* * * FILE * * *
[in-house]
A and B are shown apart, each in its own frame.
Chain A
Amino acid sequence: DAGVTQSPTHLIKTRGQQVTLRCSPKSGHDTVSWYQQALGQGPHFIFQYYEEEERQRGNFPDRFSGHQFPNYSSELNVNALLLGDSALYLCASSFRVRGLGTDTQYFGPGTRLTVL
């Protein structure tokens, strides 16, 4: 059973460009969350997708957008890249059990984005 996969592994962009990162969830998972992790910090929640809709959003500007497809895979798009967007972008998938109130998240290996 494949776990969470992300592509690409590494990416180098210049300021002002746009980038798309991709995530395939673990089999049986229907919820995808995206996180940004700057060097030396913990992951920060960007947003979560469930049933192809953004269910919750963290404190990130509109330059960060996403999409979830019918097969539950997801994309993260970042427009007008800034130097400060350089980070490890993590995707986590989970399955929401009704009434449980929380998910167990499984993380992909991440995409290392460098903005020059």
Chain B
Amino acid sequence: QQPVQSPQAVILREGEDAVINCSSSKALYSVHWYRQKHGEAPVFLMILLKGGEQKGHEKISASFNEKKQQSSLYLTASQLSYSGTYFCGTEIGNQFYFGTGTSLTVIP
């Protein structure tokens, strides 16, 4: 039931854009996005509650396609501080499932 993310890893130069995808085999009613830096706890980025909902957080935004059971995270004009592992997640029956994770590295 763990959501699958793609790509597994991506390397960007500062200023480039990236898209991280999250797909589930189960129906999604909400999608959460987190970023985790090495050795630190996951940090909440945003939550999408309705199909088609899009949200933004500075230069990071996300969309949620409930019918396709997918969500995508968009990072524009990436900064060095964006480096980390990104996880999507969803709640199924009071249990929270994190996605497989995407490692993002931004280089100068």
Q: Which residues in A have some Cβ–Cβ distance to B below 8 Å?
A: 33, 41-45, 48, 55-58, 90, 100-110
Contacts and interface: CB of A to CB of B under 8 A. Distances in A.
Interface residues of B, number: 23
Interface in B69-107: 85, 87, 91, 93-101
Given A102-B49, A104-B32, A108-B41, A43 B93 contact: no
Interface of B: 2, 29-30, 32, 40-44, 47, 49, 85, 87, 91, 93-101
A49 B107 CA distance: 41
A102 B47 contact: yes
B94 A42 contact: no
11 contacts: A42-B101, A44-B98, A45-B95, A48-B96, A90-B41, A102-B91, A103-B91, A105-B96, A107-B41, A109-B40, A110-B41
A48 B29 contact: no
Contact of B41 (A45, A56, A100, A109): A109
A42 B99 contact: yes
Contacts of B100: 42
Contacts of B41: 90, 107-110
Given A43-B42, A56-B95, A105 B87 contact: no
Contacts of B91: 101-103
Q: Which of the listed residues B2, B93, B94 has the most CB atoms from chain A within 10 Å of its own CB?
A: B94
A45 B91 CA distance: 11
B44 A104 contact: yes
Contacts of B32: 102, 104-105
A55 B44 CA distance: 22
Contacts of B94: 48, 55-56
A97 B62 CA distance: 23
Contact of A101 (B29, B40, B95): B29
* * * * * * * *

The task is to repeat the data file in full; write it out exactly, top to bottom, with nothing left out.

[in-house]
A and B are shown apart, each in its own frame.
Chain A
Amino acid sequence: DAGVTQSPTHLIKTRGQQVTLRCSPKSGHDTVSWYQQALGQGPHFIFQYYEEEERQRGNFPDRFSGHQFPNYSSELNVNALLLGDSALYLCASSFRVRGLGTDTQYFGPGTRLTVL
């Protein structure tokens, strides 16, 4: 059973460009969350997708957008890249059990984005 996969592994962009990162969830998972992790910090929640809709959003500007497809895979798009967007972008998938109130998240290996 494949776990969470992300592509690409590494990416180098210049300021002002746009980038798309991709995530395939673990089999049986229907919820995808995206996180940004700057060097030396913990992951920060960007947003979560469930049933192809953004269910919750963290404190990130509109330059960060996403999409979830019918097969539950997801994309993260970042427009007008800034130097400060350089980070490890993590995707986590989970399955929401009704009434449980929380998910167990499984993380992909991440995409290392460098903005020059």
Chain B
Amino acid sequence: QQPVQSPQAVILREGEDAVINCSSSKALYSVHWYRQKHGEAPVFLMILLKGGEQKGHEKISASFNEKKQQSSLYLTASQLSYSGTYFCGTEIGNQFYFGTGTSLTVIP
């Protein structure tokens, strides 16, 4: 039931854009996005509650396609501080499932 993310890893130069995808085999009613830096706890980025909902957080935004059971995270004009592992997640029956994770590295 763990959501699958793609790509597994991506390397960007500062200023480039990236898209991280999250797909589930189960129906999604909400999608959460987190970023985790090495050795630190996951940090909440945003939550999408309705199909088609899009949200933004500075230069990071996300969309949620409930019918396709997918969500995508968009990072524009990436900064060095964006480096980390990104996880999507969803709640199924009071249990929270994190996605497989995407490692993002931004280089100068």
Q: Which residues in A have some Cβ–Cβ distance to B below 8 Å?
A: 33, 41-45, 48, 55-58, 90, 100-110
Contacts and interface: CB of A to CB of B under 8 A. Distances in A.
Interface residues of B, number: 23
Interface in B69-107: 85, 87, 91, 93-101
Given A102-B49, A104-B32, A108-B41, A43 B93 contact: no
Interface of B: 2, 29-30, 32, 40-44, 47, 49, 85, 87, 91, 93-101
A49 B107 CA distance: 41
A102 B47 contact: yes
B94 A42 contact: no
11 contacts: A42-B101, A44-B98, A45-B95, A48-B96, A90-B41, A102-B91, A103-B91, A105-B96, A107-B41, A109-B40, A110-B41
A48 B29 contact: no
Contact of B41 (A45, A56, A100, A109): A109
A42 B99 contact: yes
Contacts of B100: 42
Contacts of B41: 90, 107-110
Given A43-B42, A56-B95, A105 B87 contact: no
Contacts of B91: 101-103
Q: Which of the listed residues B2, B93, B94 has the most CB atoms from chain A within 10 Å of its own CB?
A: B94
A45 B91 CA distance: 11
B44 A104 contact: yes
Contacts of B32: 102, 104-105
A55 B44 CA distance: 22
Contacts of B94: 48, 55-56
A97 B62 CA distance: 23
Contact of A101 (B29, B40, B95): B29